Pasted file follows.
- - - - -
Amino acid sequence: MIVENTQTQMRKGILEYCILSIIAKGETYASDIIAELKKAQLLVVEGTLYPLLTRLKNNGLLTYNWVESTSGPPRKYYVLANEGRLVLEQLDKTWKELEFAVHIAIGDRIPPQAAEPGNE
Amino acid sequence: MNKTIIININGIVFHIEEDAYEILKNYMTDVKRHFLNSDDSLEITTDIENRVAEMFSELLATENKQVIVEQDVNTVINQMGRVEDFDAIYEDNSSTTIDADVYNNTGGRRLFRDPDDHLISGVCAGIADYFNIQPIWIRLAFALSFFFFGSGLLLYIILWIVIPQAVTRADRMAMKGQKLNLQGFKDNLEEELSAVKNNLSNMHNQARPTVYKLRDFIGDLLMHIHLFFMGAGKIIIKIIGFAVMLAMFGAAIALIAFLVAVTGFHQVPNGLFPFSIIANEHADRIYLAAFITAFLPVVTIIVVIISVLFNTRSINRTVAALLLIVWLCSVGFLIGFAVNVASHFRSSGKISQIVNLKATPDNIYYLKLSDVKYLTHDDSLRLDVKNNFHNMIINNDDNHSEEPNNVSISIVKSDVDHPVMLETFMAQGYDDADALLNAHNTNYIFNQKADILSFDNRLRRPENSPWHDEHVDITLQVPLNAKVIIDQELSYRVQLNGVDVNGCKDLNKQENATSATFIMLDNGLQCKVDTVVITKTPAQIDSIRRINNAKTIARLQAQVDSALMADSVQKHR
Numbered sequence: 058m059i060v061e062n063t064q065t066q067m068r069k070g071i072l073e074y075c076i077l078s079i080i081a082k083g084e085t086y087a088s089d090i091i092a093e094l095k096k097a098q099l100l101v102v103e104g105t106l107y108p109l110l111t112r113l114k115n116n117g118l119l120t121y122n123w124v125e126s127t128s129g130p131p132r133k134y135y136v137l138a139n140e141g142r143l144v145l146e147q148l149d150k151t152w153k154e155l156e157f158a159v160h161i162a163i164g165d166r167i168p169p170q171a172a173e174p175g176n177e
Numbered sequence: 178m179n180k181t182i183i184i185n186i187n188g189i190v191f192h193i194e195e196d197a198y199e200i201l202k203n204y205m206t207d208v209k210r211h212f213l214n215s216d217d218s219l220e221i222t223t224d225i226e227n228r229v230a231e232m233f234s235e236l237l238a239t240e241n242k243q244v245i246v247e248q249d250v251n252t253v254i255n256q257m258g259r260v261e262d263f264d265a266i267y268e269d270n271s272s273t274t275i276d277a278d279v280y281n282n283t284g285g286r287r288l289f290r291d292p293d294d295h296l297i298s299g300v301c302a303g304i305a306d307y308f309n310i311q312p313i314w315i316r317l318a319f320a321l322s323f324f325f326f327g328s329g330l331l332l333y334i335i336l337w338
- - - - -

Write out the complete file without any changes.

Amino acid sequence: MIVENTQTQMRKGILEYCILSIIAKGETYASDIIAELKKAQLLVVEGTLYPLLTRLKNNGLLTYNWVESTSGPPRKYYVLANEGRLVLEQLDKTWKELEFAVHIAIGDRIPPQAAEPGNE
Amino acid sequence: MNKTIIININGIVFHIEEDAYEILKNYMTDVKRHFLNSDDSLEITTDIENRVAEMFSELLATENKQVIVEQDVNTVINQMGRVEDFDAIYEDNSSTTIDADVYNNTGGRRLFRDPDDHLISGVCAGIADYFNIQPIWIRLAFALSFFFFGSGLLLYIILWIVIPQAVTRADRMAMKGQKLNLQGFKDNLEEELSAVKNNLSNMHNQARPTVYKLRDFIGDLLMHIHLFFMGAGKIIIKIIGFAVMLAMFGAAIALIAFLVAVTGFHQVPNGLFPFSIIANEHADRIYLAAFITAFLPVVTIIVVIISVLFNTRSINRTVAALLLIVWLCSVGFLIGFAVNVASHFRSSGKISQIVNLKATPDNIYYLKLSDVKYLTHDDSLRLDVKNNFHNMIINNDDNHSEEPNNVSISIVKSDVDHPVMLETFMAQGYDDADALLNAHNTNYIFNQKADILSFDNRLRRPENSPWHDEHVDITLQVPLNAKVIIDQELSYRVQLNGVDVNGCKDLNKQENATSATFIMLDNGLQCKVDTVVITKTPAQIDSIRRINNAKTIARLQAQVDSALMADSVQKHR
Numbered sequence: 058m059i060v061e062n063t064q065t066q067m068r069k070g071i072l073e074y075c076i077l078s079i080i081a082k083g084e085t086y087a088s089d090i091i092a093e094l095k096k097a098q099l100l101v102v103e104g105t106l107y108p109l110l111t112r113l114k115n116n117g118l119l120t121y122n123w124v125e126s127t128s129g130p131p132r133k134y135y136v137l138a139n140e141g142r143l144v145l146e147q148l149d150k151t152w153k154e155l156e157f158a159v160h161i162a163i164g165d166r167i168p169p170q171a172a173e174p175g176n177e
Numbered sequence: 178m179n180k181t182i183i184i185n186i187n188g189i190v191f192h193i194e195e196d197a198y199e200i201l202k203n204y205m206t207d208v209k210r211h212f213l214n215s216d217d218s219l220e221i222t223t224d225i226e227n228r229v230a231e232m233f234s235e236l237l238a239t240e241n242k243q244v245i246v247e248q249d250v251n252t253v254i255n256q257m258g259r260v261e262d263f264d265a266i267y268e269d270n271s272s273t274t275i276d277a278d279v280y281n282n283t284g285g286r287r288l289f290r291d292p293d294d295h296l297i298s299g300v301c302a303g304i305a306d307y308f309n310i311q312p313i314w315i316r317l318a319f320a321l322s323f324f325f326f327g328s329g330l331l332l333y334i335i336l337w338